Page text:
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Kingston back in Congress with eyes on a Senate seat

POSTED: January 9, 2014 9:37 p.m.
Photo by Pat Donahue/

U.S. Rep. Jack Kingston (R-Savannah) talked about what’s on Congress’ plate to the Sunrise Rotary Club on Tuesday.

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Jack Kingston is back in Washington, D.C., as Congress resumes its 113th session. But he’s been pulling a lot of double duty as a sitting member of the House of Representative and an active candidate for a U.S. Senate seat.


Kingston, whose 1st District includes part of Effingham County, spoke to members of the Sunrise Rotary Club in Guyton on Tuesday morning on a wide variety of topics, including the budget, the Affordable Care Act and a pending farm bill that includes more than just subsidies for farmers.


“I strongly believe we are still the greatest country in the world,” he said, “and we have to do everything we can to make sure it’s there for the next generation.”


The race is on
Kingston, first elected to Congress in 1992, is running for the Senate seat being vacated by Saxby Chambliss. He held a grand opening of his campaign office in Gwinnett County last weekend, and the Savannah Republican has been working across the state, especially in the metro Atlanta area.


More than 200 people turned out for Saturday’s event, Kingston said, including Effingham County native son Artie Ulmer. Now, instead of visiting nearly two dozen counties to address voters and supporters, Kingston’s campaign has to cover the state from Rabun Gap to Tybee Light.


“It’s hectic,” Kingston said of the Senate campaign. “It’s a huge state, almost 10 million people, a lot of changes demographically. Johns Creek, a city only seven years old, has 79,000 people. It’s a huge challenge to get to know people in the Atlanta area. We’re spending a lot of time up there. We have a large number of supporters up there. We feel good about our social media and our hand-to-hand outreach.”


The House and the Senate have passed the Water Resources and Reform Development Act, which includes support for the Savannah harbor deepening. It still must go through a conference committee and then to President Obama’s desk to be enacted.


“I’m optimistic,” Kingston said. “It’s passed the Senate. It’s passed the House. Both bodies want this project. But sometimes what looks to be easy in Congress and Washington is not easy. I think we can get it done, hopefully in February.”


This month may be occupied by working on a budget, and Kingston voted against the deal that ended the government shutdown last fall.


“I did not support the deal because it increased the spending,” he said. “We always increase spending and promise to offset it tomorrow, and it’s never offset. That’s why I voted against it.”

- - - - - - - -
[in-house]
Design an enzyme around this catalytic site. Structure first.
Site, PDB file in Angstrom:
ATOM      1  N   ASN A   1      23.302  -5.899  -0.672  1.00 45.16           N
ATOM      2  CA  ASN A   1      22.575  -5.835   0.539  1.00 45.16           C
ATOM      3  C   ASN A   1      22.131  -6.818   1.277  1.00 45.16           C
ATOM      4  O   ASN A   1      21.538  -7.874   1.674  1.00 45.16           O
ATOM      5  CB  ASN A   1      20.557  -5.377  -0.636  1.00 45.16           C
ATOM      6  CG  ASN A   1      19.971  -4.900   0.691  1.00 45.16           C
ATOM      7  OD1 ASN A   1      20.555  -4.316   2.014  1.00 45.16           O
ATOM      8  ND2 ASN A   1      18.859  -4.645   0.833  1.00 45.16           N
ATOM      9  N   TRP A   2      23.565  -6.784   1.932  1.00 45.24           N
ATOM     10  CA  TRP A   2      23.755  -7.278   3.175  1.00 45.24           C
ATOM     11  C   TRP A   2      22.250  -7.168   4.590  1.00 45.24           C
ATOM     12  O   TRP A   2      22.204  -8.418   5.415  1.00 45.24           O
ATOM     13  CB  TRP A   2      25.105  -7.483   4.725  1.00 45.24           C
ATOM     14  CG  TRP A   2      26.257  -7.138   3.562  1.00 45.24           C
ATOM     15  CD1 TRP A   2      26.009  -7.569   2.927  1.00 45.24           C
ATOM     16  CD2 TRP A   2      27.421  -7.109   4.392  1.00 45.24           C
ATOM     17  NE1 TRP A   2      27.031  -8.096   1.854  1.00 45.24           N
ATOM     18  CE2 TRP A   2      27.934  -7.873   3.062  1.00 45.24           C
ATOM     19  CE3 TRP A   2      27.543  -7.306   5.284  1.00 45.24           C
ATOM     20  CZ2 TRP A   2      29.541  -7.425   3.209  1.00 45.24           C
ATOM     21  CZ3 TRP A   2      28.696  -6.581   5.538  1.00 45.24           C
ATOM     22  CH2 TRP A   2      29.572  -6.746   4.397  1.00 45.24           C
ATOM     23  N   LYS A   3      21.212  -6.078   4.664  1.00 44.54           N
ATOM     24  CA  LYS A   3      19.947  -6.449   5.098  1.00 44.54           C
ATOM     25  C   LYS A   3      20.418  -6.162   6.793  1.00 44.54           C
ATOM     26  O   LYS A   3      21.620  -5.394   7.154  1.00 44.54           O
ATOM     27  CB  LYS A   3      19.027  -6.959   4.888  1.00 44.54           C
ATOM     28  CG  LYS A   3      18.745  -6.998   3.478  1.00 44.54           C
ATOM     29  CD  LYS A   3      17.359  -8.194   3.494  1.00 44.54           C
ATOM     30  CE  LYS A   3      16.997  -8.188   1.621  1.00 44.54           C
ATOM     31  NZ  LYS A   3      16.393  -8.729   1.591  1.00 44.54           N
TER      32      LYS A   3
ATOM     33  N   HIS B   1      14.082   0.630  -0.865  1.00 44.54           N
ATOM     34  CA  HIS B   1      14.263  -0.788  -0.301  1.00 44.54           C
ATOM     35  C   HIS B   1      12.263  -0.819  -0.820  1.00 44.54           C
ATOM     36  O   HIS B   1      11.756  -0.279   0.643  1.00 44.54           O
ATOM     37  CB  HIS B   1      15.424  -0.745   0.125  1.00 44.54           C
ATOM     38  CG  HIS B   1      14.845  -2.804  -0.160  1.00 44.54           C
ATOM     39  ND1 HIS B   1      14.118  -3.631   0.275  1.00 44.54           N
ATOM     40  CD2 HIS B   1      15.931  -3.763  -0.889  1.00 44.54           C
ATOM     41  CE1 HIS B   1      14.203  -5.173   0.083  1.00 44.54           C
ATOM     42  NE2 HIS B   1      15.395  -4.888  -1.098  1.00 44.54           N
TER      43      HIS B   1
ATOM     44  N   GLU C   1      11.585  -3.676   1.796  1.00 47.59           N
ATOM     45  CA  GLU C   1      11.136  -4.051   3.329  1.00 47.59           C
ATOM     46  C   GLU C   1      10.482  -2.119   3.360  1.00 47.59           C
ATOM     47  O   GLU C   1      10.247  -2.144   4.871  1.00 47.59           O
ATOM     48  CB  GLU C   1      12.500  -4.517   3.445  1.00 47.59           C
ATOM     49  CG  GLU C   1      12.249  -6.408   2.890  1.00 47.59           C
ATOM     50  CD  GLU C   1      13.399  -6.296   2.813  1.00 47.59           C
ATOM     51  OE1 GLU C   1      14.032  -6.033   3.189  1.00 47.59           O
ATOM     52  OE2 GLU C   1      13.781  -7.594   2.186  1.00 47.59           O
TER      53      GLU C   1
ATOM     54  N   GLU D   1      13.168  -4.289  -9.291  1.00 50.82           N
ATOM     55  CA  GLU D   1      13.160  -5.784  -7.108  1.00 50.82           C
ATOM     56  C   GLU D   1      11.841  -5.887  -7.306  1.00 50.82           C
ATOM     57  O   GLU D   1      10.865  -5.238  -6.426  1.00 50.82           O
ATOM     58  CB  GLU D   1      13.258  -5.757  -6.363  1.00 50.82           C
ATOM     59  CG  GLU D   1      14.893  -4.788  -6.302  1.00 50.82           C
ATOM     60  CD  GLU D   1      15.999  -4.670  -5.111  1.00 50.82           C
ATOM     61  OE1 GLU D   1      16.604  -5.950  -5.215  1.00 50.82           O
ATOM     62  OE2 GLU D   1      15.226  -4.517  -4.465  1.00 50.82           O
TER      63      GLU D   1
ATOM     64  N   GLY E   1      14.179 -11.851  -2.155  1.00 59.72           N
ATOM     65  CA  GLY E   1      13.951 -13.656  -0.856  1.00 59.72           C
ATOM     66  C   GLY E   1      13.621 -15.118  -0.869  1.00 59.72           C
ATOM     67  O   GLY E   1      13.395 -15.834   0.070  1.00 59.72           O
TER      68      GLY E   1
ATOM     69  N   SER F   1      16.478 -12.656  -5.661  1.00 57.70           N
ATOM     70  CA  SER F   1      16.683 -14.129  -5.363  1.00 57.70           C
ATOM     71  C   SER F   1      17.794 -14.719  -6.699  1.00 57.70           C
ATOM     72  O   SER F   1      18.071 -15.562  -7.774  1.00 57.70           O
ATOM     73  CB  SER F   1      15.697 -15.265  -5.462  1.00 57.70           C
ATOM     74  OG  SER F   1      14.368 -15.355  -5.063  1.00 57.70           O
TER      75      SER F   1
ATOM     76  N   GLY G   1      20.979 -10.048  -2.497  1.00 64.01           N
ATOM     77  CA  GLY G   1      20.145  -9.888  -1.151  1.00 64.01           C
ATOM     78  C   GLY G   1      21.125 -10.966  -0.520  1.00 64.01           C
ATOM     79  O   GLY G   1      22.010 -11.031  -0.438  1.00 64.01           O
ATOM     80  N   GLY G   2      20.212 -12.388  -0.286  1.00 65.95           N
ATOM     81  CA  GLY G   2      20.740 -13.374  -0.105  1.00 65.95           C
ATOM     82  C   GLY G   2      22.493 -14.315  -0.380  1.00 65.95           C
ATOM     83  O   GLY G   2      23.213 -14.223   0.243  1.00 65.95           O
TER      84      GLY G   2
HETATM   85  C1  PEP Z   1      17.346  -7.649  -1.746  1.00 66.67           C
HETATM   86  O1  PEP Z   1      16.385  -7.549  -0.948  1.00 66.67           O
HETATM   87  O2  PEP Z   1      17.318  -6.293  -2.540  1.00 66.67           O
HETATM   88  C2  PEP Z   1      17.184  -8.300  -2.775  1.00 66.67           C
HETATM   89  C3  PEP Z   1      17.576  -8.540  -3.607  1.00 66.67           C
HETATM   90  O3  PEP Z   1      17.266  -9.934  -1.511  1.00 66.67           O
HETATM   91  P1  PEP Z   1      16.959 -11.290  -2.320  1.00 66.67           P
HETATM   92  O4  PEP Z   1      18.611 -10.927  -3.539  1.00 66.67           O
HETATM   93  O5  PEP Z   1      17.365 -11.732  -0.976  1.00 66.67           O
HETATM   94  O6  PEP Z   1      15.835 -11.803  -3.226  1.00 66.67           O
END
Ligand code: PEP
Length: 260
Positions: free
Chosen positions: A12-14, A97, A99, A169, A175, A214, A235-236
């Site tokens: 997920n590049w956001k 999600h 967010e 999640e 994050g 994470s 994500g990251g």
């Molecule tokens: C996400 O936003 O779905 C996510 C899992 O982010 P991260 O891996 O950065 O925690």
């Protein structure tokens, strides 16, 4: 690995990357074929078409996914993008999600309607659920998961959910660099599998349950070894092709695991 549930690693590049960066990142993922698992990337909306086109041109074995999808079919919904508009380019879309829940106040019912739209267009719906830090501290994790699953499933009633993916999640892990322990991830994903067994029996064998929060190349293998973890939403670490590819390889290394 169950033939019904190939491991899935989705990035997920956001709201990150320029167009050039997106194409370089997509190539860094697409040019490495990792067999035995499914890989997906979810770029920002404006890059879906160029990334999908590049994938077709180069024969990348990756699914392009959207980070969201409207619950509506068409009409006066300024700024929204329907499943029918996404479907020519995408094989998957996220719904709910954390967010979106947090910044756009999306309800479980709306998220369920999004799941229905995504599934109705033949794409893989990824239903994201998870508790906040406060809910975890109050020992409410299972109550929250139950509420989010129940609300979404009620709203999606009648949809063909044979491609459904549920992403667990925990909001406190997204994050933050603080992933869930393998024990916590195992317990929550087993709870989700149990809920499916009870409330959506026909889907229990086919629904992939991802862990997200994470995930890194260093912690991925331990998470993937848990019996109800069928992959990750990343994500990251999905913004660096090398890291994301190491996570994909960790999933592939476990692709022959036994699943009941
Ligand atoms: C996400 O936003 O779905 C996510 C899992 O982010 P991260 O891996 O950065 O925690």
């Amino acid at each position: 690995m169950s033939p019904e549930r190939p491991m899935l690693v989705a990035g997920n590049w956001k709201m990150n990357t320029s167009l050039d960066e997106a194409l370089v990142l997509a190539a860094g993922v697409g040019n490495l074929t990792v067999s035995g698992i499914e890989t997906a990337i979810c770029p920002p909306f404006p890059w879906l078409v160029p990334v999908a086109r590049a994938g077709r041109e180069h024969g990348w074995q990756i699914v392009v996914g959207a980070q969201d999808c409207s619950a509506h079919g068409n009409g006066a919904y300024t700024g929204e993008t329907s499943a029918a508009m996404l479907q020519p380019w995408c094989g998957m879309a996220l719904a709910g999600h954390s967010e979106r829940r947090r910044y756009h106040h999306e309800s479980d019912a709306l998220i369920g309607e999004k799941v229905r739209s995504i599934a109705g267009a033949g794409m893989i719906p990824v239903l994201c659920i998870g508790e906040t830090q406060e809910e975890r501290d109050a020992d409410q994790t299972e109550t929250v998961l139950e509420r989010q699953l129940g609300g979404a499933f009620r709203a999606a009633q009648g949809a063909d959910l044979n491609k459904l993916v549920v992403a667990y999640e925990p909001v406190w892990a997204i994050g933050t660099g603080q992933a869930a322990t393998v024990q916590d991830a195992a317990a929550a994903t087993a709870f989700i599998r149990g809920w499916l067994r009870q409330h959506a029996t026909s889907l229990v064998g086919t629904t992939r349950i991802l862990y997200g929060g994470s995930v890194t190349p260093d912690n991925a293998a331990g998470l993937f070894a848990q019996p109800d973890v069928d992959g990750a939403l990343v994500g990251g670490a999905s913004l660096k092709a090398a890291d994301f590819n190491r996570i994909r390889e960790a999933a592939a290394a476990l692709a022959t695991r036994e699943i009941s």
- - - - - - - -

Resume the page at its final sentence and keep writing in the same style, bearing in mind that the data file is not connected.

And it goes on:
Under the deal reached last fall to end a partial government shutdown, the debt ceiling was raised through Feb. 7 and extended continuing resolutions to fund federal agencies through Jan. 15.


“I am very concerned that we keep postponing for another day,” Kingston said, “and we need to be able to sit down and make some tough decisions. I’ve cut my own office budget and returned $1.3 million. When I was chairman of the agriculture appropriations committee, I cut spending $3.6 billion. You can get it done, even in today’s environment, but it’s a thankless job.”


Feeling the heat
Kingston and his campaign were thrust into a national spotlight after a video of him discussing children receiving free and reduced school lunches and if they should perform tasks such as sweeping the school floors in return aired.


The focus on his statements to the Jackson County Republicans showed, to him, that Democrats believe he is the candidate to beat in November. Michelle Nunn, the daughter for former U.S. Sen. Sam Nunn, is leading in polls for the Democratic nomination. She has raised more than $3.3 million for her campaign, while Kingston’s war chest tops $3.4 million.


“I think they’re good,” he said of his chances of winning the GOP nomination, “which is why they’re attacking me. I I’m the one they’re worried about. I came from the private sector. She’s a child of privilege, and I came from a middle-class family.”


Kingston said the discussion that created the maelstrom of criticism stemmed from a larger talk about work ethic in young people. He said the feedback from the incident has been people telling him that they had jobs when they were 14 or 15 and they learned a work ethic then.


“You learn the work ethic that we need so desperately in America today,” he said. “And most people who are 35 or older had jobs when they were 16 or older.


“I’m in a race against a very liberal, very well-funded Democrat. Their job is to take bits and pieces of speeches and cut and splice and make you look as bad as possible. The context of everything was when you were 14 or 15 did you have a job that learned lessons that you still apply to life. Warren Buffet’s kid should be doing work. It’s good for teenagers in America. What I think my liberal opponent wants is everybody on the entitlement system, with no strings attached. I think it’s important for us to have people who are able to work, to work.”


Kingston said he wants to be seen as someone who unites rather than divides people. He told the Sunrise Rotary members that you can get elected by 51 percent of the people but you still have to work with 100 percent.


“This isn’t about me getting elected — this is about the United States of America,” he said. “If we don’t get united, we’re going to lose our prominence and being a leader in the free world. It’s important for America to be strong, and we have to be unified to do that.”

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